Santa, who is a secret agent of The US Patent and Trademark Office, officially dropped thirty-six shiny new granted patent certificates down Apple's chimney this morning at 12:05 A.M., according to Elf 101 who is Santa's official spokesperson. The Elf told Patently Apple that there were two special patents of interest. The first one was for the fourth generation iPod touch's design which may have been one of the last design patents for a product that lists the late Steve Jobs as one of the inventors. The second patent is for the MacBook Air which the late Steve Jobs proudly introduced back in 2008. Apple's patent, which isn't a design patent, covers many aspects of the MacBook Air's design. The MacBook Air is one of the best notebook designs on the market today. So much so that Intel and their band cloners have copied Apple's design form factor and called it the "Ultrabook."
In an interview with AllThingsD after the iPhone 5's Special Event held in September, Phil Schiller stated to Ina Fried that "wireless charging systems still have to be plugged into the wall, so it's not clear how much convenience they add." Schiller added "Having to create another device you have to plug into the wall is actually, for most situations, more complicated." Obviously Schiller was fully aware of the wireless charging system that the Crazy Ones in Cupertino were developing and today the US Patent Office published the patent application behind Apple's future charging system that could charge an entire virtual charging area worth of devices at one time without the need of a charging pad of any kind. The catch is that you'll have to purchase a next generation iMac with upgraded peripherals for it to work.
On October 25, 2012, the US Patent & Trademark Office published a patent application from Apple that reveals a new universal connector is on the way. Then again, it may already be with us via Apple's new Lighting connector. The illustration in our cover graphic illustrates that the head of the connector will have multiple openings just like today's Lightning connector. There's another major connection between Apple's description of the new connector and today's Lightning connector and our report lays that out. In April 2010 we pointed to Apple's patent covering a new mini tower in the works and Tim Cook confirmed that Apple will be updating the Mac Pro in Q4 2013. This is where this new universal connector will really shine. The new connector on the next generation Mac Pro will likely have a single universal port design that will cover everything from USB, HDMI, DVI, DisplayPort and Thunderbolt. In the end, there may be more to Apple's new Lightning connector than originally thought.
Three years ago we called for an ultrathin iMac and today Apple delivered it. The new thinner iMac design was mainly accomplished by eliminating the optical drive as they did with their MacBook Air and other MacBooks over time. Yet to be fair to Apple's industrial design team lead by the fanatical Sir Jony Ive, they sweated over the details to refine the LCD process and even used a new welding process called "Friction Stir Welding" in order to get the thinner design just right. And in the heart of this new beast lies an all-new hybrid hard drive that Apple calls a Fusion Drive; a drive that fulfills a 2011 patent application.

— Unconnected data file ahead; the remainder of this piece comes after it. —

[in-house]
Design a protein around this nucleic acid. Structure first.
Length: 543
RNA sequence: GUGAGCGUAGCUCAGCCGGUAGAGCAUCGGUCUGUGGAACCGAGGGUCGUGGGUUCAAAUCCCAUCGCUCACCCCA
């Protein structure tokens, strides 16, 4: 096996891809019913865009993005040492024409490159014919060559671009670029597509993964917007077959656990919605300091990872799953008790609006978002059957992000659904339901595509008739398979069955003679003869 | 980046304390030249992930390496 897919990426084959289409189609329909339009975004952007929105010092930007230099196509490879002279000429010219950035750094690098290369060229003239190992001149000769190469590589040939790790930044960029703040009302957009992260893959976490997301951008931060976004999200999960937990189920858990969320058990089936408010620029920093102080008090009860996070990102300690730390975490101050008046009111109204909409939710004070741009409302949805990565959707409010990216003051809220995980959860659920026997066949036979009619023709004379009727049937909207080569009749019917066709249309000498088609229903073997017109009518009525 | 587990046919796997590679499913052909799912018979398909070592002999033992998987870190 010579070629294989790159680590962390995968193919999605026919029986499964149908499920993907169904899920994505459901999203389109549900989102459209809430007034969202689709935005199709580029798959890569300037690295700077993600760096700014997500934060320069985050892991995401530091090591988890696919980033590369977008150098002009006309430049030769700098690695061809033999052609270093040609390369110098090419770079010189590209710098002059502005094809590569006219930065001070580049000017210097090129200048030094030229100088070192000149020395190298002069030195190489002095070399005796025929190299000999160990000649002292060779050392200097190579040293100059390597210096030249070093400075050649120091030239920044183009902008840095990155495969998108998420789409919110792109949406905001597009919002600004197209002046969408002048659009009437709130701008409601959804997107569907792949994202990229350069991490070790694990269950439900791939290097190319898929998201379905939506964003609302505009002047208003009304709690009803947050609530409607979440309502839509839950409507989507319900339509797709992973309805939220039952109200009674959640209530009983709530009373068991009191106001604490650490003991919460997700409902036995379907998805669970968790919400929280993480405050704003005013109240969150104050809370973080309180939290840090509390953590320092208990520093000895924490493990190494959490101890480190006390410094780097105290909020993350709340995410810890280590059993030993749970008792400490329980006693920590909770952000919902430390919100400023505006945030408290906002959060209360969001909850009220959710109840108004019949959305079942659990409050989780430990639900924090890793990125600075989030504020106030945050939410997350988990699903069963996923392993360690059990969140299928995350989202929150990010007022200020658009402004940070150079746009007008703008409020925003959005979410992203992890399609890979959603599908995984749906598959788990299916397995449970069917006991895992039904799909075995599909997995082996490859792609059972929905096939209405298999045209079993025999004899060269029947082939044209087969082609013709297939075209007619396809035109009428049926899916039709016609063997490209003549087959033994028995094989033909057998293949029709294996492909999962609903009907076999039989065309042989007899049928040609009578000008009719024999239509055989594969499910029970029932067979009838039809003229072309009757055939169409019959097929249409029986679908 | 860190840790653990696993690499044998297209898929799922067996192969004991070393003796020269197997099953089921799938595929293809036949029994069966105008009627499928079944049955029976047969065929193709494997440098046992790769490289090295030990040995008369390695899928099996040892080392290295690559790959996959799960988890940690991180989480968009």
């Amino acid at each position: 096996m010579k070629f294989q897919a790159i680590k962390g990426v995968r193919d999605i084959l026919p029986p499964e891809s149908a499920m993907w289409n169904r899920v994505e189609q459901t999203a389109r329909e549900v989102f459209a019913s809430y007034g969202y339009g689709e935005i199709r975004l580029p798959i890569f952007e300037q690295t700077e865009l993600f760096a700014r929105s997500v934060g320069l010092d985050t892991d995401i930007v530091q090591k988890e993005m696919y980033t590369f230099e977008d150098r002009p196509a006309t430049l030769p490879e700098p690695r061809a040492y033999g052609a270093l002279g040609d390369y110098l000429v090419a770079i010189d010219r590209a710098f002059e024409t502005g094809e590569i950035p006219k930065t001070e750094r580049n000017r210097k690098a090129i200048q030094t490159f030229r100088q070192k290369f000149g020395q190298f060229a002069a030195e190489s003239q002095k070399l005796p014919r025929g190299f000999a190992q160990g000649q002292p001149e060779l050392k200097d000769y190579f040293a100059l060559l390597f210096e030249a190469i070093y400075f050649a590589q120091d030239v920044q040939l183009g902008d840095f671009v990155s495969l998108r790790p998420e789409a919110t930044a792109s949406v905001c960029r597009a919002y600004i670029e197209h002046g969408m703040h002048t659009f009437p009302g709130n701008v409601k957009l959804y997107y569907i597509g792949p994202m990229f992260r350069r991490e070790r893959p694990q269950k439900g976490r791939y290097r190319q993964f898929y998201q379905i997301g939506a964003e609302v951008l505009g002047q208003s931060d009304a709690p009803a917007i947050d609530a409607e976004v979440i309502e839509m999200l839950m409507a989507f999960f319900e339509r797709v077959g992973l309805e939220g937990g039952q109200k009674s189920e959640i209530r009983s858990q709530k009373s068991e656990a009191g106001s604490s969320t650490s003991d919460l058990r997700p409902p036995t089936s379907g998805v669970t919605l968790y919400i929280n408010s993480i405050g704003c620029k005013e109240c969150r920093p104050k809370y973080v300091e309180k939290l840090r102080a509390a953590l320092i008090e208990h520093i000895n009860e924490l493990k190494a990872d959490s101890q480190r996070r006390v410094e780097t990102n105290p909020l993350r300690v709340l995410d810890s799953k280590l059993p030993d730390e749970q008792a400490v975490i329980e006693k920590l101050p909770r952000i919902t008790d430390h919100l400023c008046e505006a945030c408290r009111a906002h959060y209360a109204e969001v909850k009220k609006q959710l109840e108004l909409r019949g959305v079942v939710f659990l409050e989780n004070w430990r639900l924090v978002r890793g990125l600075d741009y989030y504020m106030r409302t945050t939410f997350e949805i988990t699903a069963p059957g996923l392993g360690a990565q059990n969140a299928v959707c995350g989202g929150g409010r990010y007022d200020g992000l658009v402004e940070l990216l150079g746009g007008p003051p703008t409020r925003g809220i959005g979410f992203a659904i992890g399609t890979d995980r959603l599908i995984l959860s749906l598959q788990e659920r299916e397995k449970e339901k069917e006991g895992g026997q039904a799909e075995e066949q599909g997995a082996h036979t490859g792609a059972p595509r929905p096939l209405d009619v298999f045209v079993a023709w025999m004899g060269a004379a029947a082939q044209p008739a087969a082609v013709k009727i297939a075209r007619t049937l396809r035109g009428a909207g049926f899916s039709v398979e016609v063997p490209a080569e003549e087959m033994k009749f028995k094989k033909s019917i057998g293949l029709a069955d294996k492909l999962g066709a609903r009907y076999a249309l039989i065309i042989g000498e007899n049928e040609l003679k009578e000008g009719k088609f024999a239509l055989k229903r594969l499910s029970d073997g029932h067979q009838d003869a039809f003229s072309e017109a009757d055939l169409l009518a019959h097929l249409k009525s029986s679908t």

Last week Patently Apple broke the news about an Apple invention describing a new laminate notebook with a hidden display in its lid. The basic idea behind this concept had been around for some time and Intel actually presented a prototype of it at this year's Consumer Electronics Show in January. Intel's Ultrabook prototype, dubbed "Nikiski," featured a "transparent mouse-pad spanning the width of the device. When closed, the pad made it possible to continue to view the top-third of the device's screen, with the pad acting as a touch-screen interface, enabling the user to view and interact with a custom Metro UI app for quick access to social media and important information without the need to open up the Ultrabook." Coincidentally or not, this just happens to be a page right out of one of Apple's recent patent applications filed for years ago. Today we'll review the highlights of this patent that interestingly provides us with a few twists along the way.
On September 6, 2012, the US Patent & Trademark Office published a patent application from Apple that reveals their continuing work on virtual keyboards for both the iMac and MacBook. For the MacBook, such work could lead to a future hybrid notebook/eBook iDevice.
On June 21, 2012, the US Patent & Trademark Office published a series of utility centric patent applications from Apple that cover security, display luminance, flash memory, mobile device simulation and more. In the big picture, the vast majority of Apple's annual patent-count is derived from utility patents. These are the kinds of patents that take care of all the tiniest of details behind Apple's most popular products, processes and manufacturing. They might not represent the visionary side of Apple, but they sure keep the trains running on time. They're also part of Apple's legendary and fanatical detailing process that goes into every upgrade and next generation product. On the flipside, we sure hope that Apple's creative and visionary side reemerges because the volume of patents of late in that area have been nothing shy of anemic. Here's to hoping that Apple is in the process of changing gears and inventing their next generation of knock-out products for us to enjoy.